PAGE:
Pregnancy hemorrhoids. They're like regular hemorrhoids, but a billion times worse because, you know, you're pregnant. It's like how getting the wrong Chipotle order is bad enough, but when that happens during pregnancy, it's like the gates of hell have swallowed you whole. But if you know how to avoid pregnancy hemorrhoids, it can make it less devastating to get a burrito without guac. (Just kidding, nothing can fix that.)
The awful thing is, pregnancy hemorrhoids are fairly common. According to the American College of Gastroenterology (ACG), symptomatic hemorrhoids accompanied by itching, pain, and bleeding develop in one third of all pregnant women. Initially, these are treated with increased fiber and water in a woman's diet, but if the hemorrhoids progress, some women may require surgery or endoscopic therapy to treat them.
So how can you avoid stocking your bathroom with Preparation H or preparing for surgery? The American Pregnancy Association noted that the absolute best way you can prevent pregnancy hemorrhoids is to avoid being constipated. According to the association, hemorrhoids are related to constipation. When combined with increased pressure on the rectum and perineum as you try to have a bowel movement, hemorrhoids are likely. The same information compiled by the ACG also noted that constipation also occurs in one third of all pregnant women, making it another common complaint, and now it's just a big circle of wanting to have a bowel movement, but being in too much pain to do it.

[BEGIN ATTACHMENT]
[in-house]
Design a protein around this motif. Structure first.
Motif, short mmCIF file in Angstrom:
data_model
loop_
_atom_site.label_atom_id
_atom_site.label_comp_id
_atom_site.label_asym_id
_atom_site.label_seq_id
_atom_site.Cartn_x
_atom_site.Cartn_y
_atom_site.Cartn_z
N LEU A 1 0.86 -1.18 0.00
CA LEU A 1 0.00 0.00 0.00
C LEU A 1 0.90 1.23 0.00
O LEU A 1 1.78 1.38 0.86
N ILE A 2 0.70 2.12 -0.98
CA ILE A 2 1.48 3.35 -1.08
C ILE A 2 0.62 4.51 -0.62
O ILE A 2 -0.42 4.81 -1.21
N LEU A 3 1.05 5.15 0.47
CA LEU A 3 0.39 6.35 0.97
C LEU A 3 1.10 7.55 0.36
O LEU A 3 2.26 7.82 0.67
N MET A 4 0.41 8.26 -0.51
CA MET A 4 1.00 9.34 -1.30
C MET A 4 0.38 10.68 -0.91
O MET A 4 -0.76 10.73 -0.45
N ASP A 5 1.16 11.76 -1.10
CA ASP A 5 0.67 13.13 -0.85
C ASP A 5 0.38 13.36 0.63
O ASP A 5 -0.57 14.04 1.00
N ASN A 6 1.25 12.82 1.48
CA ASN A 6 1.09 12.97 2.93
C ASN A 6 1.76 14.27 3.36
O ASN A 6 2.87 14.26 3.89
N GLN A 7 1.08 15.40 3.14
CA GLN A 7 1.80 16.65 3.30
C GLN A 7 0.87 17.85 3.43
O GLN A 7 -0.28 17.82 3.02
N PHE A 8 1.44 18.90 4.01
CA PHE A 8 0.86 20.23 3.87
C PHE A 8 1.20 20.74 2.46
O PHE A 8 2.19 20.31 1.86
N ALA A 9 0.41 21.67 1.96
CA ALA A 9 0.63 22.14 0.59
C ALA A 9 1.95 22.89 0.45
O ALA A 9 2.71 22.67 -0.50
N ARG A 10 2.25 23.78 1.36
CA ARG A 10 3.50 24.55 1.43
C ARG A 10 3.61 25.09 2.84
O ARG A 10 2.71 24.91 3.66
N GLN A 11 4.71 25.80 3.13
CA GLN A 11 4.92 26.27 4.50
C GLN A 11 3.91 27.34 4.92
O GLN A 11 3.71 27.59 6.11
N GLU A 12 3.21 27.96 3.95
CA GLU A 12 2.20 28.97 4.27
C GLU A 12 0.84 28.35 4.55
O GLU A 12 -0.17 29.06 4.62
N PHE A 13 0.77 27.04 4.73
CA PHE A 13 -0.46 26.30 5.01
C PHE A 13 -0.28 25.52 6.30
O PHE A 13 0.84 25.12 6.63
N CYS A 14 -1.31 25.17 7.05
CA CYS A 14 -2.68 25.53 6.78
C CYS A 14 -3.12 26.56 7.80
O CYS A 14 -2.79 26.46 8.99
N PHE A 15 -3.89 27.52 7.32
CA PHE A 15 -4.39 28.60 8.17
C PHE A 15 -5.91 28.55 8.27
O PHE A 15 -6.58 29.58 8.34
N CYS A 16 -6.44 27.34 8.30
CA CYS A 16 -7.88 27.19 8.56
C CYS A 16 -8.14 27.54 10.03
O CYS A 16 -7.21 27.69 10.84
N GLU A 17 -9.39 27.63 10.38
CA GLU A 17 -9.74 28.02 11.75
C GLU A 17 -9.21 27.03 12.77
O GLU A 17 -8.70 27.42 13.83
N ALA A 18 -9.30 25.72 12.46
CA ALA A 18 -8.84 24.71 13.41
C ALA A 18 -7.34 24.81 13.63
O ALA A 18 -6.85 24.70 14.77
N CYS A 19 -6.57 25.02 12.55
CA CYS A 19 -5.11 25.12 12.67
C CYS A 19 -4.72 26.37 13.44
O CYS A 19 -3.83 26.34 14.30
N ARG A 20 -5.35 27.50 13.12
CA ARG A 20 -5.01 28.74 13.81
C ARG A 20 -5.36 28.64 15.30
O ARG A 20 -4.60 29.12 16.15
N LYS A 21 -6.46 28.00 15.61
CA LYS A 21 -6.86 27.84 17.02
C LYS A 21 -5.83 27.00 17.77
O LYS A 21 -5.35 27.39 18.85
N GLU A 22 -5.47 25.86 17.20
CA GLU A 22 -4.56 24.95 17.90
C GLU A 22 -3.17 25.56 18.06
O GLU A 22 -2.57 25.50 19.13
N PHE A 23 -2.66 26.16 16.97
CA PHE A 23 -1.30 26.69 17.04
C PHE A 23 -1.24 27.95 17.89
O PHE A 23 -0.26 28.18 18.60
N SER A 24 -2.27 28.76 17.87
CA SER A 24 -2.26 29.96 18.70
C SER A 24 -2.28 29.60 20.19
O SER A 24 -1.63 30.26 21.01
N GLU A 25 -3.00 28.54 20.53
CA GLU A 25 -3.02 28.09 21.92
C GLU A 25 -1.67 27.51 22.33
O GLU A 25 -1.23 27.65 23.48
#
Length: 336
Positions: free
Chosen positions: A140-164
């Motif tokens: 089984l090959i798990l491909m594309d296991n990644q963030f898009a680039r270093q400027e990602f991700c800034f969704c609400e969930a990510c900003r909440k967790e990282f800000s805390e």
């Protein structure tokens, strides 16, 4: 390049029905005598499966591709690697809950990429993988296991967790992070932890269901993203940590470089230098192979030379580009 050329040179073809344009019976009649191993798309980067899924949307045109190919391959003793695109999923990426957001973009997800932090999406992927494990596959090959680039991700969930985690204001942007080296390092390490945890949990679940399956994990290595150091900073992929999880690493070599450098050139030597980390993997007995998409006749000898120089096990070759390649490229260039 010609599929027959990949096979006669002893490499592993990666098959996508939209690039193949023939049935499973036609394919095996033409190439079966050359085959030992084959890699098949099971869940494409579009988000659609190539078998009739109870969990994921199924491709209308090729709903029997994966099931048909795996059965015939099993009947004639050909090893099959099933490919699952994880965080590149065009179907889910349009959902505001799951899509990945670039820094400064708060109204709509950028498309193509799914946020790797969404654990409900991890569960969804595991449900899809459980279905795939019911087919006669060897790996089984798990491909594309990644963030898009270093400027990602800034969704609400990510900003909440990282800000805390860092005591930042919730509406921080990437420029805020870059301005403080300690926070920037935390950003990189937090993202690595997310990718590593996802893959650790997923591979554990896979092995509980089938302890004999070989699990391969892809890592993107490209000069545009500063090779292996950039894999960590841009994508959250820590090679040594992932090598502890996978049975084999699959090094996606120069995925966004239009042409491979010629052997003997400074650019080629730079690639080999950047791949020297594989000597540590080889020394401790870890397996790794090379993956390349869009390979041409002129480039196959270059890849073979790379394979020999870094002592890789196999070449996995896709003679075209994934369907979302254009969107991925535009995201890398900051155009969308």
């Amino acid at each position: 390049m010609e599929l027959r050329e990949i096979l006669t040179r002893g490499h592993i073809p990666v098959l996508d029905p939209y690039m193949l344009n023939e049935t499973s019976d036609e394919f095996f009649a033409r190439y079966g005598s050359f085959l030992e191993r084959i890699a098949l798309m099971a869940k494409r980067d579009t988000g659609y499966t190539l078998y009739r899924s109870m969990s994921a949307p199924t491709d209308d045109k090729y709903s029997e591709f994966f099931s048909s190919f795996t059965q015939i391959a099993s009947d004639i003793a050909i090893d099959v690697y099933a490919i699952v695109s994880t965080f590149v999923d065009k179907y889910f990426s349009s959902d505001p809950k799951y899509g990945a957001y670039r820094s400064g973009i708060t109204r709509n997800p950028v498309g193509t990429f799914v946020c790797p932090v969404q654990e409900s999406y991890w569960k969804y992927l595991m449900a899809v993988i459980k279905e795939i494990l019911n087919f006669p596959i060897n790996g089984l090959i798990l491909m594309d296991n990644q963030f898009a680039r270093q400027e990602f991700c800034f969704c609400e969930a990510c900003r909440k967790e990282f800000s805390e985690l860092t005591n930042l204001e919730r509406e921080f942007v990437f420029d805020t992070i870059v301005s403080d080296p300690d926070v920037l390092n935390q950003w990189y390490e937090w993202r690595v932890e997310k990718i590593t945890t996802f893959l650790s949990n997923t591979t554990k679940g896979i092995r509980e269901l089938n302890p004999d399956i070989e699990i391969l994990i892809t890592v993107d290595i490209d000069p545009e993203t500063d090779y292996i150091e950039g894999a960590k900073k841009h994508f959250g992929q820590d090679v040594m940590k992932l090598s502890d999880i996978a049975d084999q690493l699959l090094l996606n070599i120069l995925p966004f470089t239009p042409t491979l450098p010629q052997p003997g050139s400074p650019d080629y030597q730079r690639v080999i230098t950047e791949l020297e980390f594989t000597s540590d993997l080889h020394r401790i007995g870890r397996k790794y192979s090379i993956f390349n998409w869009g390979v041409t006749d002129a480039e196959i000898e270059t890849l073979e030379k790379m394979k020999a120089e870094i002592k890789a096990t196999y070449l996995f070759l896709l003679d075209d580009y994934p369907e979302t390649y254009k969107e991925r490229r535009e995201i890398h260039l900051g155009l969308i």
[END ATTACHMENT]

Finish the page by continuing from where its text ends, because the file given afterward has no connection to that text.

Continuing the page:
I know; I'm not painting a pretty picture of pregnancy and you're probably a little panicky about being constipated and experiencing hemorrhoids. But luckily, there are a few things you can do. First, you'll want to make sure you're preventing constipation as best you can. Mayo Clinic suggested eating adequate amounts of fiber (fill up that Chipotle burrito with the black beans, y'all), drink plenty of water, make sure to do some kind of physical activity like going for a walk each day, and talk to your doctor about fiber supplements or stool softeners to avoid too much pressure on your rectum during a bowel movement.
If you are constipated, it's OK. But the American Pregnancy Association recommended that when you do have a bowel movement, try not to strain. Talk to your doctor about what things you can take to help with constipation other than pushing or trying to force a bowel movement that can result in hemorrhoids.
Pregnancy hemorrhoids may be common, but they are avoidable. Eat plenty of fiber and get some practice walks in with that new stroller and you should be OK. Postpartum hemorrhoids, however, are a whole new ball game. (I know. You have so much to look forward to.)